Starmer dumps doormat?
zenadsl6186 at zen.co.uk
Sun Jan 16 15:39:17 GMT 2011
Peter Sommer wrote:
> If you stick to RIPA and interception, the general view is that
> interception only occurs when something is in the course of transmission
> (as Caspar report). Once it has been received it is no longer "in the
> course of transmission"
That's not what RIPA says - according to RIPA a message can have been
received and still be in transmission. This is the mistake which the
Police, CPS etc have been making, and hopefully will stop making.
I made this mistake myself too for a while, as did many other people
here - it's only about a year ago I said here to much disagreement (and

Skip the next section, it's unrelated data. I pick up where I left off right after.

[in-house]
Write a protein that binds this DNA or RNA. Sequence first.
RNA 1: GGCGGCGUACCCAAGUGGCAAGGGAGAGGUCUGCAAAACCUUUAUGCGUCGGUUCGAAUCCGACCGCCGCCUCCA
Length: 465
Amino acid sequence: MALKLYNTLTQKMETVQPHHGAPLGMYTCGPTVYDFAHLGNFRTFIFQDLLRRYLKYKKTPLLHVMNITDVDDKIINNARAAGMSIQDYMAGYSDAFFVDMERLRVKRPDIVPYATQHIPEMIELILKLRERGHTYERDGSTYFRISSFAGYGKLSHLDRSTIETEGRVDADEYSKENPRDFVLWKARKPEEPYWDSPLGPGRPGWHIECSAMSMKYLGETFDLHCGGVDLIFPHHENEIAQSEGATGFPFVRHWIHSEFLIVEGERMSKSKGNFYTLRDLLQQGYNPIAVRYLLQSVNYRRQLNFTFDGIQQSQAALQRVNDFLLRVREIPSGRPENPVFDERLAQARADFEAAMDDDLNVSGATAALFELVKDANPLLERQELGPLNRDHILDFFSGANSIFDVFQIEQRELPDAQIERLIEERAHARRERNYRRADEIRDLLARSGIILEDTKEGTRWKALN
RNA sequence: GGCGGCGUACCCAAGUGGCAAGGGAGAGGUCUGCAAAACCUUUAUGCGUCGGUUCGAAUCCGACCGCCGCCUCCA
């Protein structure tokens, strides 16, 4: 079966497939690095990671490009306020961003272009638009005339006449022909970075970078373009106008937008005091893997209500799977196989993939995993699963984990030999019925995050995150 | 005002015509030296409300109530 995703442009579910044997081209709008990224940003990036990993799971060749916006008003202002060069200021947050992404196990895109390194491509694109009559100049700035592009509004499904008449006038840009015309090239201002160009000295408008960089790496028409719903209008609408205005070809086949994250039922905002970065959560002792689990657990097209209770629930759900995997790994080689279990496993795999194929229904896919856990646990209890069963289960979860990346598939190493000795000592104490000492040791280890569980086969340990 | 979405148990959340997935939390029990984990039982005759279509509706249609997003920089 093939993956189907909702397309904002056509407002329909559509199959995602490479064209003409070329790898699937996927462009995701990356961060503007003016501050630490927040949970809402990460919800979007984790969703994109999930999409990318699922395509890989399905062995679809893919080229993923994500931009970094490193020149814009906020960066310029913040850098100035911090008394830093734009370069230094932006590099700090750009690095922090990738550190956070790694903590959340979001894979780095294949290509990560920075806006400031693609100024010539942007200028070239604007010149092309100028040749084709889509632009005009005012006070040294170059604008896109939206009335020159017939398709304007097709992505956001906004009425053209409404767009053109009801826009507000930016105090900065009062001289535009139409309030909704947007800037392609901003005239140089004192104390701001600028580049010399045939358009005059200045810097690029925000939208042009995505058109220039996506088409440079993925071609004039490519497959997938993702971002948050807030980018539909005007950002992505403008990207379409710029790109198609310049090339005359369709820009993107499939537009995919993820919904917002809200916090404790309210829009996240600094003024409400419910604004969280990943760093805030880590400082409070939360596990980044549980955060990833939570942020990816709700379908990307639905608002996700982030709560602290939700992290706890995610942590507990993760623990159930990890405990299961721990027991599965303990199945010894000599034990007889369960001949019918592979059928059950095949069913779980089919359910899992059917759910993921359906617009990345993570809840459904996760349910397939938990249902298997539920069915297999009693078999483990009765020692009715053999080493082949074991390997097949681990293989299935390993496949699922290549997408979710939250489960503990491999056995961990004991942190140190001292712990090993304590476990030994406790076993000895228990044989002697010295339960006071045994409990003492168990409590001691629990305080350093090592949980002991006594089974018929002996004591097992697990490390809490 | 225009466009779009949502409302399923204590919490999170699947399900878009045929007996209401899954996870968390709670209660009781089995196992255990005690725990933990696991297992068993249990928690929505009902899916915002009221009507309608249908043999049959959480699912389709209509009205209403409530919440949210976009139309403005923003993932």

apparently one or two people still disagree) that I thought that
according to RIPA whether a message has been read has no bearing on
whether it is in transmission or not - so don't blame them too much.
If you are used to looking at things like letters which are either in
transmission or not, it's hard to take the step to a message which can
be both in transmission and not in transmission at the same time.
I know the law doesn't actually do this, but might be easier to look at
an electronic message as lots of copies. If a copy was created inside a
transmission system it is is transmission. Forever.
If you copy that copy, or even just look at it , it's interception
unless you are the sender/recipient, or you are doing so in order to
transmit it to the recipient.
This is actually almost identical to what RIPA actually says, but in
very different form - and it's also the doormat.
But it's a step to get here, too ... :)
-- Peter Fairbrother
 it is of course at least impractical to look at a copy without
copying it, and it's theoretically impossible if you define look and
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